Iraqi forces broke a months-long siege by jihadist fighters of the country’s largest oil refinery Saturday as the top US officer flew in to discuss the expanded war against the Islamic State group.
Ousting IS fighters from around the refinery would mark another significant achievement for Baghdad, a day after pro-government forces retook the nearby town of Baiji.
“Iraqi forces… reached the gate of the refinery,” the governor of Salaheddin province, Raad al-Juburi said.
Three officers confirmed that Iraqi forces had reached the refinery, 200 kilometres (120 miles) north of Baghdad, where security forces have been encircled and under repeated attack since June.
The new success for Iraqi forces came a day after they recaptured nearby Baiji, the largest town they have taken back since IS-led militants swept across Iraq’s Sunni Arab heartland in June.
Fully clearing the Baiji area of jihadist fighters would further boost Baghdad’s momentum and cap a week which also saw pro-government forces retake a major dam.
A joint operation by the army and Shiite militia earlier this week wrested back the Adhaim Dam in the eastern province of Diyala.
A breakthrough preliminary deal reached on Thursday between the federal government and the autonomous Kurdish region on long-standing budget and oil disputes also raised the prospect of increased coordination in the fight against IS.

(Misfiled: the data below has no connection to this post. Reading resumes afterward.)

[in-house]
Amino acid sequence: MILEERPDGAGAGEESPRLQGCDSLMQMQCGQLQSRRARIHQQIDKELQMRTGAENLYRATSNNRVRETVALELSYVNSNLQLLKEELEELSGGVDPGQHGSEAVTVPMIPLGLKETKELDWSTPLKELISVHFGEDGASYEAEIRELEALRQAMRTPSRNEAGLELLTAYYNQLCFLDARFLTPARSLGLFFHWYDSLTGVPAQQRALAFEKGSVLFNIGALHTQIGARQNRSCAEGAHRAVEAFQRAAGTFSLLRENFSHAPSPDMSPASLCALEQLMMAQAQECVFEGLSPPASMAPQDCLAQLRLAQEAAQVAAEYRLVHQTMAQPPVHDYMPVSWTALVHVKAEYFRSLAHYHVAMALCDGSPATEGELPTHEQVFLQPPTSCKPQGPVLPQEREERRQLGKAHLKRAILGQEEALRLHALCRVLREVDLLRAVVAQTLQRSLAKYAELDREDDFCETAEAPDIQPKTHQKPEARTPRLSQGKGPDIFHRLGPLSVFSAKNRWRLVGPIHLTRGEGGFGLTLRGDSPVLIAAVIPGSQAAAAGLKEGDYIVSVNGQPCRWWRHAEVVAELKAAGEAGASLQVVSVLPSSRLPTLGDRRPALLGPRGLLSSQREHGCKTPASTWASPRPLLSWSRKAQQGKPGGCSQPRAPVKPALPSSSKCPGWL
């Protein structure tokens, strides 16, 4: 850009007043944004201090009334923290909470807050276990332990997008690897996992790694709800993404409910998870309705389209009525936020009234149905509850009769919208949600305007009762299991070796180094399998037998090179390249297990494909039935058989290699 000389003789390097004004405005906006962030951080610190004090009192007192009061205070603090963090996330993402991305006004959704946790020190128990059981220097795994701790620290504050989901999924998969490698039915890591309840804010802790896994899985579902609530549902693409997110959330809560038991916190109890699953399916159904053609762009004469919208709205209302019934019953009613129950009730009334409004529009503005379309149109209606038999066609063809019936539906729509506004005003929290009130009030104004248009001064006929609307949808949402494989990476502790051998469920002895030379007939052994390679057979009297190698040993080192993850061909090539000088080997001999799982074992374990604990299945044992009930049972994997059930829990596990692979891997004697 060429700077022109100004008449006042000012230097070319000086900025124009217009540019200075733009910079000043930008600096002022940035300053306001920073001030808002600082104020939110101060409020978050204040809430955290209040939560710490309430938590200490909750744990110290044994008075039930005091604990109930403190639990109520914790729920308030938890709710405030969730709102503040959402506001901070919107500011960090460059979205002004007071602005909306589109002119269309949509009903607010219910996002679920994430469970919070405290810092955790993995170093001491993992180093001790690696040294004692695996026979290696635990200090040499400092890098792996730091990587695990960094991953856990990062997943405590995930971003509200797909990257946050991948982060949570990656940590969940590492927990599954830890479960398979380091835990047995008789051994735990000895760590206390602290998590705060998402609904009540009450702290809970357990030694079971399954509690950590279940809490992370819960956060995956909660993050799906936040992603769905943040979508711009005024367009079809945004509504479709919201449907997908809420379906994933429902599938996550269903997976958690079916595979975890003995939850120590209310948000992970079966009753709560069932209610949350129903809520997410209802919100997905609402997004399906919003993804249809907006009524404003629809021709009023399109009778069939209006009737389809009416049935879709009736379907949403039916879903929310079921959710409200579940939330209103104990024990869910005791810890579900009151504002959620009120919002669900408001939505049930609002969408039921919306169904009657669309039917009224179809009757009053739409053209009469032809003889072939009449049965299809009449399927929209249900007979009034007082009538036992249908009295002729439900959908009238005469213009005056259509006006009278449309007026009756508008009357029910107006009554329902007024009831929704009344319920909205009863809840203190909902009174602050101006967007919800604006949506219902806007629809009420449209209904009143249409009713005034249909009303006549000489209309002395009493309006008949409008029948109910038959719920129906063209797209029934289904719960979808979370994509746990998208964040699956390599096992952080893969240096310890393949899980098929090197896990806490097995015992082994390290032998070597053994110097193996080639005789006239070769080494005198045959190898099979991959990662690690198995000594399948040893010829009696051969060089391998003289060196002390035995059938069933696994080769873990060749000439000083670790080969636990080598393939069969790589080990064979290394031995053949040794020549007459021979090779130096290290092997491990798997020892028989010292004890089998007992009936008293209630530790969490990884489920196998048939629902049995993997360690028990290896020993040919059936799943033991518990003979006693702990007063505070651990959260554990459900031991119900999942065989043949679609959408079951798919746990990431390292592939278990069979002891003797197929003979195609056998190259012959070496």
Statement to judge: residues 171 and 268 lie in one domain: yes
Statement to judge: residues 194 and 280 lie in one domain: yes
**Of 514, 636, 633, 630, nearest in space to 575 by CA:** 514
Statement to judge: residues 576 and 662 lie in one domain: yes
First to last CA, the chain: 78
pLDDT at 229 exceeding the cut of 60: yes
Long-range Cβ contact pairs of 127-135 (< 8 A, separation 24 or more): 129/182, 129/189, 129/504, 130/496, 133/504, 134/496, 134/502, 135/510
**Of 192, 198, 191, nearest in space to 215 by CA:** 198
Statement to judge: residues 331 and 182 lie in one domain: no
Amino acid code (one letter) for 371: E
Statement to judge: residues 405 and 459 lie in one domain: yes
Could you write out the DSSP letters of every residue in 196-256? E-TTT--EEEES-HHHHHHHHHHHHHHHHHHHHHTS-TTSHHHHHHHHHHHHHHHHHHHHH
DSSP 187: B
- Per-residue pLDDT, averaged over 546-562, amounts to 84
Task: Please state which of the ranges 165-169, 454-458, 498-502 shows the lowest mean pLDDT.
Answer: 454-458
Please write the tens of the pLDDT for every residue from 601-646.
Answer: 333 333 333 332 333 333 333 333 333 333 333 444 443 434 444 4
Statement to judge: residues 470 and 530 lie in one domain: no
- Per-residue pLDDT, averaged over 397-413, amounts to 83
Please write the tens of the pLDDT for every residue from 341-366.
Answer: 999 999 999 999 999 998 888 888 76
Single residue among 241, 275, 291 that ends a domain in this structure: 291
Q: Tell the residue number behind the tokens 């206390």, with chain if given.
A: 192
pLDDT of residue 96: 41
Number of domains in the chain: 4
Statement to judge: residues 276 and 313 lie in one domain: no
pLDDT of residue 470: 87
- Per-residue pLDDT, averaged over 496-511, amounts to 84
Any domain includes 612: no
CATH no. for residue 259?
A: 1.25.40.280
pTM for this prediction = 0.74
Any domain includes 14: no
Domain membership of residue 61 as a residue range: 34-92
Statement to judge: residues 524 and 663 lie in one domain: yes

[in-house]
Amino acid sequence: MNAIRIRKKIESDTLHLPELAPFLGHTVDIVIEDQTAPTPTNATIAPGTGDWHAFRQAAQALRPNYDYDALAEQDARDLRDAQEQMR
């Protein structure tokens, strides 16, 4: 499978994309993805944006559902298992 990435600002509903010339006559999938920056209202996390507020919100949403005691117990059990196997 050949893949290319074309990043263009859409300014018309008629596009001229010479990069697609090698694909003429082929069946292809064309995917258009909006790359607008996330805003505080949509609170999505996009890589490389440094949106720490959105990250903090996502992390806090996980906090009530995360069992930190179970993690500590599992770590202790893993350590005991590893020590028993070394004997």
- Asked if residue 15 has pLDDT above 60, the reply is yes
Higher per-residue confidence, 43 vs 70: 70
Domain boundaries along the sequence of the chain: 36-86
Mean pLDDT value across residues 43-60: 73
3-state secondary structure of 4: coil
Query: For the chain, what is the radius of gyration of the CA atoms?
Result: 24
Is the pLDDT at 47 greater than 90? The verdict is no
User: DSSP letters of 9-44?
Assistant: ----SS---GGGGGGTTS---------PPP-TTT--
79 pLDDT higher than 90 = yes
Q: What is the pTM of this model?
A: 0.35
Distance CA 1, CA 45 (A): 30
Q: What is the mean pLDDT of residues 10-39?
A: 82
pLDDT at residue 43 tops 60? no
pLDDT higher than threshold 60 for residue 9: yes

The group on Thursday released an audio recording purportedly of its chief, Abu Bakr al-Baghdadi, after rumours that air strikes may have killed or wounded him.
The IS group has had most of the initiative, both on the ground and in the propaganda war, in recent months.
But the man said to be Baghdadi seemed at pains to reassure his followers and the lack of video failed to dispel speculation he might still have been wounded.
America’s top military officer, General Martin Dempsey, arrived in Iraq for talks on the the further expansion of military operations against the jihadists.
A US-led coalition is carrying out air strikes against IS jihadists in both Iraq and Syria, while Washington has announced plans to increase the number of its military personnel in the country to up to 3,100.
Brett McGurk, the number two US envoy for the coalition battling the jihadist group, said on Twitter:
— Brett McGurk (@brett_mcgurk) November 15, 2014
The US and other governments have pledged trainers and advisers to aid Iraqi security forces in their battle against IS.